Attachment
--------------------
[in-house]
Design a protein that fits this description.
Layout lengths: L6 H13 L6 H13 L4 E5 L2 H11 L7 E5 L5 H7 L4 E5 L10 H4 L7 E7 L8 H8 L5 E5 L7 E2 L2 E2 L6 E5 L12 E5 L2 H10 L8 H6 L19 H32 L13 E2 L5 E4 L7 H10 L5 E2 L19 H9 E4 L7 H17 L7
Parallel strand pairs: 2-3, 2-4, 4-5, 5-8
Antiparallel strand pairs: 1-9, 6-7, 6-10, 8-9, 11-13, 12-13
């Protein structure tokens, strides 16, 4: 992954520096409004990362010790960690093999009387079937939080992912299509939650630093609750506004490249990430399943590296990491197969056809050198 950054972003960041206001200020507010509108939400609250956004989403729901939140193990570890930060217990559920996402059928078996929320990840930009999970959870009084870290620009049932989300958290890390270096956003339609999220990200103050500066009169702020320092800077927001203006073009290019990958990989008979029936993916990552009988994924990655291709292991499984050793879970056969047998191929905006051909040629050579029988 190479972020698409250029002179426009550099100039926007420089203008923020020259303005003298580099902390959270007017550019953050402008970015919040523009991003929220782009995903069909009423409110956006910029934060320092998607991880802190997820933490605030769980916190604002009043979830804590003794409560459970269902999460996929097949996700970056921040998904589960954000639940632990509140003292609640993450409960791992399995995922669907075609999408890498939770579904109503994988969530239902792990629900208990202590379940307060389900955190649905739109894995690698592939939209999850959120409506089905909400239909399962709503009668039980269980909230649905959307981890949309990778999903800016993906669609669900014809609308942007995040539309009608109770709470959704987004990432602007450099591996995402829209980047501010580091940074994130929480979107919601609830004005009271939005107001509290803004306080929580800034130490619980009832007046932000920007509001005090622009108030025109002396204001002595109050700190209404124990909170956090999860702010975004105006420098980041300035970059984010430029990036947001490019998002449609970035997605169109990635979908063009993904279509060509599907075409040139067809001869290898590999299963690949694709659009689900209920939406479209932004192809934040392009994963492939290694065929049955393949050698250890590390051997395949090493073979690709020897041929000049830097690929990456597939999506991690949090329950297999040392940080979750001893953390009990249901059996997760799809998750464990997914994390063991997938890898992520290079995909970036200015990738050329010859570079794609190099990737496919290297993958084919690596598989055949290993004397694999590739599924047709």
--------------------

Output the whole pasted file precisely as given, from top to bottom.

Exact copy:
[in-house]
Design a protein that fits this description.
Layout lengths: L6 H13 L6 H13 L4 E5 L2 H11 L7 E5 L5 H7 L4 E5 L10 H4 L7 E7 L8 H8 L5 E5 L7 E2 L2 E2 L6 E5 L12 E5 L2 H10 L8 H6 L19 H32 L13 E2 L5 E4 L7 H10 L5 E2 L19 H9 E4 L7 H17 L7
Parallel strand pairs: 2-3, 2-4, 4-5, 5-8
Antiparallel strand pairs: 1-9, 6-7, 6-10, 8-9, 11-13, 12-13
């Protein structure tokens, strides 16, 4: 992954520096409004990362010790960690093999009387079937939080992912299509939650630093609750506004490249990430399943590296990491197969056809050198 950054972003960041206001200020507010509108939400609250956004989403729901939140193990570890930060217990559920996402059928078996929320990840930009999970959870009084870290620009049932989300958290890390270096956003339609999220990200103050500066009169702020320092800077927001203006073009290019990958990989008979029936993916990552009988994924990655291709292991499984050793879970056969047998191929905006051909040629050579029988 190479972020698409250029002179426009550099100039926007420089203008923020020259303005003298580099902390959270007017550019953050402008970015919040523009991003929220782009995903069909009423409110956006910029934060320092998607991880802190997820933490605030769980916190604002009043979830804590003794409560459970269902999460996929097949996700970056921040998904589960954000639940632990509140003292609640993450409960791992399995995922669907075609999408890498939770579904109503994988969530239902792990629900208990202590379940307060389900955190649905739109894995690698592939939209999850959120409506089905909400239909399962709503009668039980269980909230649905959307981890949309990778999903800016993906669609669900014809609308942007995040539309009608109770709470959704987004990432602007450099591996995402829209980047501010580091940074994130929480979107919601609830004005009271939005107001509290803004306080929580800034130490619980009832007046932000920007509001005090622009108030025109002396204001002595109050700190209404124990909170956090999860702010975004105006420098980041300035970059984010430029990036947001490019998002449609970035997605169109990635979908063009993904279509060509599907075409040139067809001869290898590999299963690949694709659009689900209920939406479209932004192809934040392009994963492939290694065929049955393949050698250890590390051997395949090493073979690709020897041929000049830097690929990456597939999506991690949090329950297999040392940080979750001893953390009990249901059996997760799809998750464990997914994390063991997938890898992520290079995909970036200015990738050329010859570079794609190099990737496919290297993958084919690596598989055949290993004397694999590739599924047709």